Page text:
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China’s Blockchain-based Service Network aims to develop a global public infrastructure to deploy and operate all types of blockchain-distributed applications. Illustration: Shutterstock

China’s state-backed BSN pushes new public blockchain network unlinked to cryptocurrencies for international markets

  • China’s Blockchain-based Service Network expects to launch a beta version of its Spartan Network for international markets on August 31
  • Spartan Network moves BSN another step closer to becoming a one-stop-platform for developers of blockchain-distributed applications
China’s Blockchain-based Service Network (BSN) is building a version of the popular distributed ledger technology that is designed for use in international markets and will not involve cryptocurrencies like bitcoin or ethereum.
A beta version of this new blockchain, called the BSN Spartan Network, is expected to be released on August 31, according to He Yifan, chief executive of Red Date Technology, at a BSN summit in Hong Kong on Tuesday. Start-up Red Date is BSN’s technical architect.
Officially launched in 2020, BSN’s mission is to develop a global public infrastructure to deploy and operate all types of blockchain-distributed applications. It aims to propel China into a leadership role in the industry this decade by making blockchain technologies easier and cheaper to use in businesses and institutions around the world.

Assuaging potential trust issues over the technology behind the Chinese-owned BSN’s infrastructure, He said everything is open source – denoting publicly accessible software that people can share and modify. “If you don’t trust us, check the code,” He said.

The Blockchain-based Service Network offices in Beijing. Photo: Handout

Red Date has met a lot of resistance in its development of Spartan Network because most public blockchain operators prefer to operate with cryptocurrencies, according to He in an interview.

“I talked to probably 60 public chains, asking them to join and build a non-crypto chain with us,” He told the South China Morning Post. “We only got two and half. They don’t care about infrastructure. They only care about how many new people will come in and buy their tokens.”

Plans for BSN were jointly initiated in 2018 by state-owned telecommunications giant China Mobile and bank card clearing service China UnionPay, Red Date and the State Information Centre, a government think tank under the National Development and Reform Commission.

Spartan Network marks BSN’s first major international push, moving the firm another step closer to becoming a one-stop-platform for developers to deploy and manage any type of blockchain-distributed application.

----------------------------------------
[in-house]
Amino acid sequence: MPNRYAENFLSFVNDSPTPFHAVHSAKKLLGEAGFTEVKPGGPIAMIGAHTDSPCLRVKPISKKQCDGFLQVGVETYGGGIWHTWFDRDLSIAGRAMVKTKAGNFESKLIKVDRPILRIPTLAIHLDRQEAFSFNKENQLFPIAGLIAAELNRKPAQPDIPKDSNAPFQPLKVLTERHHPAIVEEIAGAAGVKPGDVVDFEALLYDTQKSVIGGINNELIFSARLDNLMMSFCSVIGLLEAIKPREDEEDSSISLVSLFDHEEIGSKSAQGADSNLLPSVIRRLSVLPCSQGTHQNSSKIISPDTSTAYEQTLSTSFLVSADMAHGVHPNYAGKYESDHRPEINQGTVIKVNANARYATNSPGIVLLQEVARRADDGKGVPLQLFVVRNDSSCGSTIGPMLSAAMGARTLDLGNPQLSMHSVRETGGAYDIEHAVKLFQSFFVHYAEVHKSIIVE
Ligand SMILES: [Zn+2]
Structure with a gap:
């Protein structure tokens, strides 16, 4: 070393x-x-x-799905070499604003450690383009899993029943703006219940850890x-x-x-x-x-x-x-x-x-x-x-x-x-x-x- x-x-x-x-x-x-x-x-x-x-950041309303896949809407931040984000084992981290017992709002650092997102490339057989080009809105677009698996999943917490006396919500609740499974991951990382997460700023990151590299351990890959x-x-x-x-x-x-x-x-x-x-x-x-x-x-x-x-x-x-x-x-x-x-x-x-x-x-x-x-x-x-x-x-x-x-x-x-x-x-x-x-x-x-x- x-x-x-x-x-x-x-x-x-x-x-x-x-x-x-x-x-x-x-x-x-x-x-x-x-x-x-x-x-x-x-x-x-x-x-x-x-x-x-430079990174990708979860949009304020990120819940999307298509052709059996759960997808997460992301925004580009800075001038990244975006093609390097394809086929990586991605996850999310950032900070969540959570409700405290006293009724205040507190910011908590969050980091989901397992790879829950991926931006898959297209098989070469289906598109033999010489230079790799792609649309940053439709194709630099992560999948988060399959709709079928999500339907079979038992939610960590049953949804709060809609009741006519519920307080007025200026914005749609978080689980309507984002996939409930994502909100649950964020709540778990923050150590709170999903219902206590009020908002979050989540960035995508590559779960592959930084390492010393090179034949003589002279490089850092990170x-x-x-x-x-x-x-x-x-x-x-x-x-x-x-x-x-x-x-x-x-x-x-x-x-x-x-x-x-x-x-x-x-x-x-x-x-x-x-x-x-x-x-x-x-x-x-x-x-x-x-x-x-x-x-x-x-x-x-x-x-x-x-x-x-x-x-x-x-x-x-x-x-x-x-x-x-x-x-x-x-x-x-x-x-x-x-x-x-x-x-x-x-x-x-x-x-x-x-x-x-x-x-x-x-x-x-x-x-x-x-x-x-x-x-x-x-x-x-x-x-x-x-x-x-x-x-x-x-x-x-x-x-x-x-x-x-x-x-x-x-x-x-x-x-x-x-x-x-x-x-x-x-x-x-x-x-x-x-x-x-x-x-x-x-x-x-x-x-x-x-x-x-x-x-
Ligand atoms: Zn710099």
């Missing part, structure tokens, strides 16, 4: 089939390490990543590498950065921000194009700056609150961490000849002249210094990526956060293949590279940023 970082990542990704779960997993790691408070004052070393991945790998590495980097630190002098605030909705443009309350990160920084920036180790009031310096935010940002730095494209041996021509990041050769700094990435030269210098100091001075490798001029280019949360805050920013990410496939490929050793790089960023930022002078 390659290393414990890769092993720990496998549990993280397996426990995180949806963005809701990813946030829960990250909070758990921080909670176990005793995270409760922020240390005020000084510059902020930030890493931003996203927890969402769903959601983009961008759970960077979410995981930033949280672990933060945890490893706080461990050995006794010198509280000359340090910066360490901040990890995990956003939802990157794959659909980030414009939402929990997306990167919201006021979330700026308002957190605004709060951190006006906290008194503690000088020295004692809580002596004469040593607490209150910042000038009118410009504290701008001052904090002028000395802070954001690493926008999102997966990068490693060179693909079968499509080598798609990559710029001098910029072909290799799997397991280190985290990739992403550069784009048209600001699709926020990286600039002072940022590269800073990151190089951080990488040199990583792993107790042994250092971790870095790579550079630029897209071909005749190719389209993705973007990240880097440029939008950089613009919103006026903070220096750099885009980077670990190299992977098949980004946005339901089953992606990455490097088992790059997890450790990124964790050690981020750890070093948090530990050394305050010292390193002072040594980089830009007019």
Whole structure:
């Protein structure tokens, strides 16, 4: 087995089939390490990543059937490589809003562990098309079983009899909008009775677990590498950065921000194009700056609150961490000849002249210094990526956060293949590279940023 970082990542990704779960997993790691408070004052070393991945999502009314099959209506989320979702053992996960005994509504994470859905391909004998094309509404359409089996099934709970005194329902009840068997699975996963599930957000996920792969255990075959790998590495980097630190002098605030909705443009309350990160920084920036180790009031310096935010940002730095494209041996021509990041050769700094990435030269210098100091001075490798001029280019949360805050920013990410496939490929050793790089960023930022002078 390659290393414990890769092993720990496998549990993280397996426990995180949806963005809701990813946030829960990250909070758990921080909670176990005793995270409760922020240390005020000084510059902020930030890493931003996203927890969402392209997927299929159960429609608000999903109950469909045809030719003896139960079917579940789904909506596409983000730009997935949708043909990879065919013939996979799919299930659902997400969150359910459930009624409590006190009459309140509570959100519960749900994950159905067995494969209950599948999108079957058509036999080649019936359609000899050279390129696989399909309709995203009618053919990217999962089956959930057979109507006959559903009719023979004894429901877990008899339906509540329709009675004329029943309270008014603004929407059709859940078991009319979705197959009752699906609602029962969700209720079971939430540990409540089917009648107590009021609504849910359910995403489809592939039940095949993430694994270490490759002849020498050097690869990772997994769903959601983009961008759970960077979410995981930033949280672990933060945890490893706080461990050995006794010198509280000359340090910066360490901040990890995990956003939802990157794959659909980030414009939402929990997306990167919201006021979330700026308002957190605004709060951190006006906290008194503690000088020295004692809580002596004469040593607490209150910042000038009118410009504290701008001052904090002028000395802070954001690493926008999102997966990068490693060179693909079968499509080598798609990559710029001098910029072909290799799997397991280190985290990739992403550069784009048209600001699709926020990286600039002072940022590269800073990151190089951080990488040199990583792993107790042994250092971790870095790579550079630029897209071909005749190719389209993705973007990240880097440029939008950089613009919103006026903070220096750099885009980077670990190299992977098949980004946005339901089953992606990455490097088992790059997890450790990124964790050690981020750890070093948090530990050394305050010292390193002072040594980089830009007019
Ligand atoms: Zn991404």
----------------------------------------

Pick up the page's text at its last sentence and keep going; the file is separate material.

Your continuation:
That network is designed only for international markets because so-called open blockchains are not allowed in mainland China. Transaction charges, commonly known as gas fees, on this BSN infrastructure will be paid in fiat money such as US dollars, according to He of Red Date. He said there are also plans to support USD Coin, a stablecoin – a type of cryptocurrency pegged to the US dollar – which is managed by a consortium called Centre.

Why China is investing heavily in blockchain

On the mainland, BSN operates BSN-DDC, a blockchain infrastructure that offers application programming interfaces for businesses or individuals so they can build their own user portals or apps to manage non-fungible tokens. All transactions are settled in Chinese yuan.

The upcoming Spartan Network could be “particularly suited for the developing world”, including countries in Africa, South America, South Asia and Southeast Asia, said Jehan Chu, founder of Kenetic Capital, at the BSN Summit on Tuesday.

Kenetic Capital is an investor in Red Date and in Hong Kong based start-up Neptune Digital, which is building one of BSN’s open permissioned blockchains called Wuhan Chain, a fork of the ethereum blockchain.

The operations of BSN, however, have raised security concerns in the US.

Yaya Fanusie, a scholar at Washington-based think tank Centre for a New American Security, argued in his testimony before the US–China Economic and Security Review Commission last year that BSN’s ambitions to develop a new internet infrastructure pose a threat.

“Answering BSN’s call for international partners may be a great market opportunity for blockchain developers, but it will go to building a world vulnerable to the particular sensibilities of the CCP,” said Fanusie, referring to the Chinese Communist Party.

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In Hong Kong, Red Date is building a product named Enterprise BSN, which enables organisations to build, deploy and manage their blockchain apps on designated networks, according to Tim Bailey, the firm’s vice-president of global sales, who also spoke at the BSN summit. He indicated that Enterprise BSN is already working on deployments to cloud services providers, multinational companies and governments.


“It’s a very exciting and innovative project that we think will be our model for various governments around the world,” Bailey said.

With Red Date’s infrastructure, government agencies have been building and testing blockchain apps for e-government services, which Bailey describes as “successful” and “well-liked” by users. He expected these government projects to go live in the next several months, enabling various agencies to build specific blockchain apps. He did not identify the governments the company is working with.

He assured that BSN, overall, is not one public or private chain because it aims to be a “unified blockchain environment with a variety of ecosystem partners”.